Many commuters appeared puzzled by the new red and green traffic signals that seemed to flash as quickly and randomly as lightning on 19 Shirley Highway (I-395) ramp entrances and seven I-66 entrances yesterday.
"If you're getting ready to go on a highway, you usually speed up," said Jose Campos of Arlington as he stopped at the signal at the Glebe Road ramp on I-66.
Campos, like hundreds of others on the highway, said he did not understand exactly what he was supposed to do when he neared the unfamiliar flashing signal.
In spite of the confusion, highway officials said traffic on two of Northern Virginia's interstate highways flowed smoothly on the first full day of operation of the new $26 million computerized traffic control system.
While not completely free of glitches, the controversial traffic system, which includes signal lights at the ramps on Shirley Highway and I-66 did not cause backups or fender-benders on the ramps or congest residential roads nearby, as many had feared it would.
"The traffic moved smoothly," said Lynda J. South, a spokeswoman for the Virginia Department of Highways and Transportation. "There were a few backups, but no accidents."
"Things are much the same," said Norman F. McCart, an Arlington patrolman. He said the only problem was caused when motorists stopped short of the white lines that trigger the signal changes.
A Washington Post test of one commuter route -- from I-95 at Fraconia Road, just beyond the Capital Beltway, to just before the 14th Street Bridge -- showed that drive time was shortened by four minutes, from 30 minutes before the new system was implemented to 26 minutes with the signals. The driver also found that the traffic was less stop-and-go, moving more fluidly.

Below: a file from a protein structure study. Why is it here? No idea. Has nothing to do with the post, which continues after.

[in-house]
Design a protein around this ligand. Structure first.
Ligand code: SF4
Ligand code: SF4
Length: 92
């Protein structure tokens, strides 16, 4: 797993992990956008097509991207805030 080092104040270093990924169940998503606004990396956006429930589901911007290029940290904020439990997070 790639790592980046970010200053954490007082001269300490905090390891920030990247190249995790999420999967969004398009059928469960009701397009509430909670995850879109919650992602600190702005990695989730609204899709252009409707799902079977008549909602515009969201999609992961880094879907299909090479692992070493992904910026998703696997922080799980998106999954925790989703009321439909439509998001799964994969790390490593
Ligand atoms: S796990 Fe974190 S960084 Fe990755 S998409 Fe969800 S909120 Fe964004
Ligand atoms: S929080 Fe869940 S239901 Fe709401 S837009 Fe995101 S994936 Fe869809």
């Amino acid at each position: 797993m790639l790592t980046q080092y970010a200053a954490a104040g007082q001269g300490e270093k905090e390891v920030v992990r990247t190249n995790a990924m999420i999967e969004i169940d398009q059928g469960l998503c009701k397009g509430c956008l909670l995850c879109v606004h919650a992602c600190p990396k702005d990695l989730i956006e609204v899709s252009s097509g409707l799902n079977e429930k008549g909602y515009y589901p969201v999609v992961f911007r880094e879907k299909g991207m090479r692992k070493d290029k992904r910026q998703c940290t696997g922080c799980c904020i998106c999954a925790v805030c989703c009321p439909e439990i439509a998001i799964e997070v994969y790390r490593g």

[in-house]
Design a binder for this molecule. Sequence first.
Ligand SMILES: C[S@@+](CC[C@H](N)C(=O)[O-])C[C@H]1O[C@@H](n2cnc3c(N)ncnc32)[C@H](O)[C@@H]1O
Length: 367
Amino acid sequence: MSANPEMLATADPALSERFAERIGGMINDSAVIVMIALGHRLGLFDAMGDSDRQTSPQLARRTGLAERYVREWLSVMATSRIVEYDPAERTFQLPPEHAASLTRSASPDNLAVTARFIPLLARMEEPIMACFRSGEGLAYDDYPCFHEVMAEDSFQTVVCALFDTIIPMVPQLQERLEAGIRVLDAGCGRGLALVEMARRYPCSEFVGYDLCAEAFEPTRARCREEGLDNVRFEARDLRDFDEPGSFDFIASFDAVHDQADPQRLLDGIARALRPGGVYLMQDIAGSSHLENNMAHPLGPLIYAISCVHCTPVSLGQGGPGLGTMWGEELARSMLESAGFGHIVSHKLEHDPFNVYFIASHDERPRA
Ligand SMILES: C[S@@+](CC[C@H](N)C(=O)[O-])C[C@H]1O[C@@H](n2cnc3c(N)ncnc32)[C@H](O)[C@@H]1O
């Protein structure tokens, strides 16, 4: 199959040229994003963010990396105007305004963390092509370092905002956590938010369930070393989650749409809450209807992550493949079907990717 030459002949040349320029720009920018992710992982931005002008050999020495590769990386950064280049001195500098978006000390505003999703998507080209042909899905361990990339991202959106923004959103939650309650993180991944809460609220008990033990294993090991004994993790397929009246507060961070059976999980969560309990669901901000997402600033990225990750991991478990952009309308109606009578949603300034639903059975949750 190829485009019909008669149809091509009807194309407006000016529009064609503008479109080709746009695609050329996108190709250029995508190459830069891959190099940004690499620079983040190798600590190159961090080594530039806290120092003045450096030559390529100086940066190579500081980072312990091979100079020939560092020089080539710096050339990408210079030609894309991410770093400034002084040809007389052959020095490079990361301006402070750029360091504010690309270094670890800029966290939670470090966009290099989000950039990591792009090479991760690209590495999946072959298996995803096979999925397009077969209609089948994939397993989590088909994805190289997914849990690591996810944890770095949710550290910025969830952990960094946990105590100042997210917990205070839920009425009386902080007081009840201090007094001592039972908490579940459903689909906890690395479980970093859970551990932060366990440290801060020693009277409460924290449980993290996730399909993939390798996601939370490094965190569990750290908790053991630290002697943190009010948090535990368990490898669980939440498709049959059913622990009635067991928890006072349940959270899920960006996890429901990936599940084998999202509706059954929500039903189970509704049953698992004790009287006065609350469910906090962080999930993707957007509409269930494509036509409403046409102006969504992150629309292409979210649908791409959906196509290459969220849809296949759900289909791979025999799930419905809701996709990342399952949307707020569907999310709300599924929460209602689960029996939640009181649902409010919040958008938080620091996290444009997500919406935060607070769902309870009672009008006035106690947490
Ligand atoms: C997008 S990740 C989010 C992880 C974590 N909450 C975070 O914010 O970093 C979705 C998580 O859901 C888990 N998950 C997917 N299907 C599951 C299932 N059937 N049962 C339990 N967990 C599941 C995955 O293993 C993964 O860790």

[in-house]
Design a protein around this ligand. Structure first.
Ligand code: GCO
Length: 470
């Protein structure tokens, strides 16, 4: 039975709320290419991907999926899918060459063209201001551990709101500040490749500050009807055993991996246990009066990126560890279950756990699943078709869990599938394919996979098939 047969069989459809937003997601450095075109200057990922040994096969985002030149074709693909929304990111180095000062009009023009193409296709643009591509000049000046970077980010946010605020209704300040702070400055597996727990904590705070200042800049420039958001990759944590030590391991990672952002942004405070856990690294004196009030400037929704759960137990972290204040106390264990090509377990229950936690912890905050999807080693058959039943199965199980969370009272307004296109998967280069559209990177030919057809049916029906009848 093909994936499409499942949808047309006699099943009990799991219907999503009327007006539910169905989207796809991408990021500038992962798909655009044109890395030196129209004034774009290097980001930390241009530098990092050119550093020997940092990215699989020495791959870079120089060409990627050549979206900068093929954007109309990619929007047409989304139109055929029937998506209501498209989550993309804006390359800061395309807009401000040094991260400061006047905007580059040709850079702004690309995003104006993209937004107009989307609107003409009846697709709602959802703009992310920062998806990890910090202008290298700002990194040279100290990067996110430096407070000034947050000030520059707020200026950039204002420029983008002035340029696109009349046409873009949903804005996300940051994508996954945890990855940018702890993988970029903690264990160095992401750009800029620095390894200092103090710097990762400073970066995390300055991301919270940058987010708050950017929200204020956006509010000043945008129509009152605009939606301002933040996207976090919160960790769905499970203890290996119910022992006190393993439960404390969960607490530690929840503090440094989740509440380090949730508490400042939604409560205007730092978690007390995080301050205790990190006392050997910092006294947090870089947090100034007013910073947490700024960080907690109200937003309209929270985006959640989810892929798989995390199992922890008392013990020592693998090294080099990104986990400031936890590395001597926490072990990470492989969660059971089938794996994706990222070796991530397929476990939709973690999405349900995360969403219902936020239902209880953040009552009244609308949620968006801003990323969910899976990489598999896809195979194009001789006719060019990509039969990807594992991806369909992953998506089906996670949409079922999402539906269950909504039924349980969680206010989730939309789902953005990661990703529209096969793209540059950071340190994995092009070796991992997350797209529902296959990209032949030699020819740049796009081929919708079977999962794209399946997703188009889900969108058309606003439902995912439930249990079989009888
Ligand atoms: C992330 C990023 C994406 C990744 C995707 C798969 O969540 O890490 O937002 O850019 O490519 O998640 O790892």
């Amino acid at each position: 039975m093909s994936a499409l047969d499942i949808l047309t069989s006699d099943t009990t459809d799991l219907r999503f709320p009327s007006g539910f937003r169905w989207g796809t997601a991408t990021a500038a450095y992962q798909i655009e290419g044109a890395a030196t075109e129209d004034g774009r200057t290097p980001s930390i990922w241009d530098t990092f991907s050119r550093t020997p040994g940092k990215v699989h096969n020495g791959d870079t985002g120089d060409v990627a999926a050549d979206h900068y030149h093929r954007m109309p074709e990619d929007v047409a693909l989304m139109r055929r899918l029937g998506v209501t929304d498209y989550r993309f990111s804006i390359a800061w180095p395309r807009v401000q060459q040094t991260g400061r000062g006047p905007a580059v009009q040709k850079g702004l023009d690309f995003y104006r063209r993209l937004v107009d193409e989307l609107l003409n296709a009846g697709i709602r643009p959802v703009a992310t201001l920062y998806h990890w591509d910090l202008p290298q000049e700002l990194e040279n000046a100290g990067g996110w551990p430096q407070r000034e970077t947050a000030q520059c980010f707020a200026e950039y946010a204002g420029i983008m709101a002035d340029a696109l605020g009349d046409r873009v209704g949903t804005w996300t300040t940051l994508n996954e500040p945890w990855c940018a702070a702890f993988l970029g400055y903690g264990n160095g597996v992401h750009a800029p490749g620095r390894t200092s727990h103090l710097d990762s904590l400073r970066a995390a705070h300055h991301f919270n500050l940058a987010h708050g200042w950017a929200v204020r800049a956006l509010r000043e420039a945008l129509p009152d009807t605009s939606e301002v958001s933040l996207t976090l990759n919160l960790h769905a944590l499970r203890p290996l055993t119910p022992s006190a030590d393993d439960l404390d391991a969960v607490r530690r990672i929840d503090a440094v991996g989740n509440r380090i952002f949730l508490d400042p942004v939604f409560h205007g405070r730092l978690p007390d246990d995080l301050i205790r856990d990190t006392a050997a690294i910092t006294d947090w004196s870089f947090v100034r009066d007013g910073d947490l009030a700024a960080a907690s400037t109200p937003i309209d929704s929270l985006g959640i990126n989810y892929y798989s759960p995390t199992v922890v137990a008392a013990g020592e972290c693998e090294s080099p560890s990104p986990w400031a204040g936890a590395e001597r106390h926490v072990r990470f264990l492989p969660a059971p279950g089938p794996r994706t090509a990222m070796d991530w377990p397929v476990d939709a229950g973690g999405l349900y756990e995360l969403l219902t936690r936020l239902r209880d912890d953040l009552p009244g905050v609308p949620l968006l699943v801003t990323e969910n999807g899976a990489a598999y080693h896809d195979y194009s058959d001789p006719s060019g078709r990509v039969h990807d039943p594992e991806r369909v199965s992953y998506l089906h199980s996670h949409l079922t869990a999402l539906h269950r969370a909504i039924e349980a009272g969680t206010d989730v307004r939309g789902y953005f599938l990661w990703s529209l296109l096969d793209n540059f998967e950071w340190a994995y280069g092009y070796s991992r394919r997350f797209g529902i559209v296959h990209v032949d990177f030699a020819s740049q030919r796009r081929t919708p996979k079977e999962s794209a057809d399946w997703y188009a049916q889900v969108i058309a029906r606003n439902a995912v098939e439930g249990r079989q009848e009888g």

The signals, most of which switched from red to green in 4-second cycles yesterday, were programmed to allow one automobile at a time to merge with highway traffic. But some of the lights were not turned on, highway officials said, because either the traffic was too light or too heavy. During heavy traffic, the lights are not turned on to avoid causing backups on ramps to spill into residential roads.
State police said dozens of other drivers, including one who received a written warning at the northbound Shirlington Circle ramp onto I-395, chose to ignore the red-flashing light. Beginning July 1, state police will issue $35 to $45 tickets for the violation.
The federally funded traffic control system, which has been delayed for two years, uses sensors buried under the ramps and television cameras posted near the highways to read and respond to traffic patterns.
Highway officials say that the signals will mean a more even flow of traffic, quicker trips, fewer drivers weaving between lanes and fewer accidents -- though there may be a delay of up to two minutes on the ramp.
Opponents, including some Alexandria and Fairfax officials, argued in a court case, which they lost, that the ramp lights gave an unfair preference to motorists from outlying areas because it only delayed those entering the highways close to the District.
Charles Kenyon, Alexandria traffic division chief, said yesterday that even though the traffic moved smoothly yesterday, he "still wouldn't have spent a penny on it."
A resident near Shirlington Circle, James A. Zurawski, said he didn't approve either. "The people who live closer in get zapped. We spent more money to live closer into the city and it's us who have to sit on the ramps."